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The public health community has long attributed the increased risk of HIV infection among Black men who have sex with men to high-risk behavior.

But researchers at the Center for Black Equity and the University of Pittsburgh Graduate School of Public Health say the reason may not be so cut-and-dry and could have more to do with lack of access to HIV testing and medical care. As a result, the two groups formed a partnership to study the problem, according to a news release issued this week by the University of Pittsburgh.

The project, funded by a $3.2 million grant from the National Institute of Nursing Research at the National Institutes of Health (NIH), seeks to enroll nearly 6,000 African-American men who have sex with men (MSM) who attend Black Gay Pride events in large cities across the nation, including Atlanta, Chicago, Houston, Los Angeles, Philadelphia and Washington, D.C., the release says.

The Centers for Disease Control and Prevention says that young African-American gay and bisexual men accounted for the highest number of new HIV infections in 2010 among all gay and bisexual men. That year, there were an estimated 10,600 new HIV infections among African-American gay and bisexual men. By comparison, in the same year, there were an estimated 11,200 new HIV infections among white gay and bisexual men, the CDC says.

“It has become clear in recent years that the major reason that African-American MSM have such high rates of HIV infection is not that these men have high rates of risk-taking behaviors for infection,” Ron Stall, Ph.D., M.P.H., director of the Center for LGBT Health Research at Pitt Public Health, said in the news release. “Rather, the reason for elevated infection has far more to do with lack of access to HIV testing and medical care.”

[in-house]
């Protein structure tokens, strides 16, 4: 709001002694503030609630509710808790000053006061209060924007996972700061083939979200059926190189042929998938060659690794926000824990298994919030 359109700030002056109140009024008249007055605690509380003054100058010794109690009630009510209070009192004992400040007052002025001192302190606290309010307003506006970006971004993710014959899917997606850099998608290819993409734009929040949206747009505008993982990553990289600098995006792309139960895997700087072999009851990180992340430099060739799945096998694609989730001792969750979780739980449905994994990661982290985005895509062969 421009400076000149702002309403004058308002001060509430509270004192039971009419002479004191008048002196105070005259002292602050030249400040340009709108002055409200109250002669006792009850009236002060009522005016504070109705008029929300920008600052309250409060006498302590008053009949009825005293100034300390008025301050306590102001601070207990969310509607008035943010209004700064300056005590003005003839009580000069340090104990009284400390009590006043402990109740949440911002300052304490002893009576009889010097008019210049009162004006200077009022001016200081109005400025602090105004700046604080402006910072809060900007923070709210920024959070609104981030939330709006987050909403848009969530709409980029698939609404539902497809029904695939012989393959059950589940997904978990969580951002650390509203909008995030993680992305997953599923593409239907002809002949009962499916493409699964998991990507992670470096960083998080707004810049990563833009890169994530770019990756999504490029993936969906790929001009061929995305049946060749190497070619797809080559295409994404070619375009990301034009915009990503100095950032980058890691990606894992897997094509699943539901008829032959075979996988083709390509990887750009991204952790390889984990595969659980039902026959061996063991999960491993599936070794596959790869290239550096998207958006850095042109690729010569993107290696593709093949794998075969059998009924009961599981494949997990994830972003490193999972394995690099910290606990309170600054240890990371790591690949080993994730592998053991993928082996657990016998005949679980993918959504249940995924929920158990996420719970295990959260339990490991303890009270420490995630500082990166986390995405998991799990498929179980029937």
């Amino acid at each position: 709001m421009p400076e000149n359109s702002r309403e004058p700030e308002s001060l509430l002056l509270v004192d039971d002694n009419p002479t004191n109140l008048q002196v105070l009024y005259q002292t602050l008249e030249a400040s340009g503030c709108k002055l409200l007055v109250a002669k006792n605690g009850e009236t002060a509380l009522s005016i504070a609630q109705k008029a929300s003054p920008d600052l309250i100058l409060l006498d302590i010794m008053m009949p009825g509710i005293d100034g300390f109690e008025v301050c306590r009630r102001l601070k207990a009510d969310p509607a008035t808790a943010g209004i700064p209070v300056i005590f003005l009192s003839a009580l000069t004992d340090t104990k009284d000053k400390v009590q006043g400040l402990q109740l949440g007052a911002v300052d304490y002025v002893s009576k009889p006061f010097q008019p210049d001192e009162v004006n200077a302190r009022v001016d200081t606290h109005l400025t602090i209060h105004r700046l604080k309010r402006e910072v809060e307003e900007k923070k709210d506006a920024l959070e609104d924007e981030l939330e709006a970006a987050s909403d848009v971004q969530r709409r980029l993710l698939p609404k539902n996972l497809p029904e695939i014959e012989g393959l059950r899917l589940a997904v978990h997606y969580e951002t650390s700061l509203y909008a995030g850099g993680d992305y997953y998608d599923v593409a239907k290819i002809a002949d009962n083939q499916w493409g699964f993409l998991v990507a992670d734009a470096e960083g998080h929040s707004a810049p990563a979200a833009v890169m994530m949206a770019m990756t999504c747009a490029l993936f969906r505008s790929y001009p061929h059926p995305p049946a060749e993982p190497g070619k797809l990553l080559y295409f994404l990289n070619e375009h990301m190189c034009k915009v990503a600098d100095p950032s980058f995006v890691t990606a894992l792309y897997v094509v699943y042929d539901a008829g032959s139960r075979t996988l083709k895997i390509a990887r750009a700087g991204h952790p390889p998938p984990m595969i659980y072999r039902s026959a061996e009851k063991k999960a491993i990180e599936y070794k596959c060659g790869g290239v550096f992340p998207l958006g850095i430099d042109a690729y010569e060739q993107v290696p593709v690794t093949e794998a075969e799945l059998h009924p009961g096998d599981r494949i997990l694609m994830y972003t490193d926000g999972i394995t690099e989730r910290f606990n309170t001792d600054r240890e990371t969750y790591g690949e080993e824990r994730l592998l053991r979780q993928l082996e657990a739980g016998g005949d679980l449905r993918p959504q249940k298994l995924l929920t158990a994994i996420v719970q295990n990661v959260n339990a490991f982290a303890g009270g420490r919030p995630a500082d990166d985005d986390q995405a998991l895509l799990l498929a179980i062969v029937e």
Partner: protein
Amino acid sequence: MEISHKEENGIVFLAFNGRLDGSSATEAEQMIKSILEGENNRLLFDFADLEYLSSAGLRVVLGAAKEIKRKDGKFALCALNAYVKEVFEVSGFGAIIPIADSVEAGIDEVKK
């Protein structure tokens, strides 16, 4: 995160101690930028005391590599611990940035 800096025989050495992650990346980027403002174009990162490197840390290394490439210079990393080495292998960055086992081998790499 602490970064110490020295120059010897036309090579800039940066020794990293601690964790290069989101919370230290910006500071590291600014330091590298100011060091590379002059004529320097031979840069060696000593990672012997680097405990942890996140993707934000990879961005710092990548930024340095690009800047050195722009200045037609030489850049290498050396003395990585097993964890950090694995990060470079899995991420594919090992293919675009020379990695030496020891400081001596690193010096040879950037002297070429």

The project will recruit men from Black Gay Pride events, which have evolved into a social movement in the United States and are attended by an estimated 300,000 people annually. They will be asked questions as part of an anonymous survey that will help researchers understand the barriers and facilitators to HIV testing and care.

Additionally, the study seeks to determine information about other social issues that are likely to be important to the overall health of African-American MSM, including depression, substance use, violence victimization and other health problems, the release states.

Finally, the study will measure specific resiliencies – or the ability to avoid negative health outcomes – that may be important resources for health, even among men who must cope with adverse social environments.

Earl Fowlkes, president and chief executive officer of the Center for Black Equity, says in the statement that by learning about barriers to HIV testing and access to care among HIV-positive people, the medical community can do a better job of preventing new HIV infections among MSM and keep those infected healthy.

“It is exciting to be part of a study that will create the largest sample of HIV-related data from African-American MSM ever taken, and one that will yield important data about the health and well-being of our community,” he said in the release. “The Center for Black Equity will work with our partners at the University of Pittsburgh to ensure that these data are shared with the community and can be used to improve the health of these men.”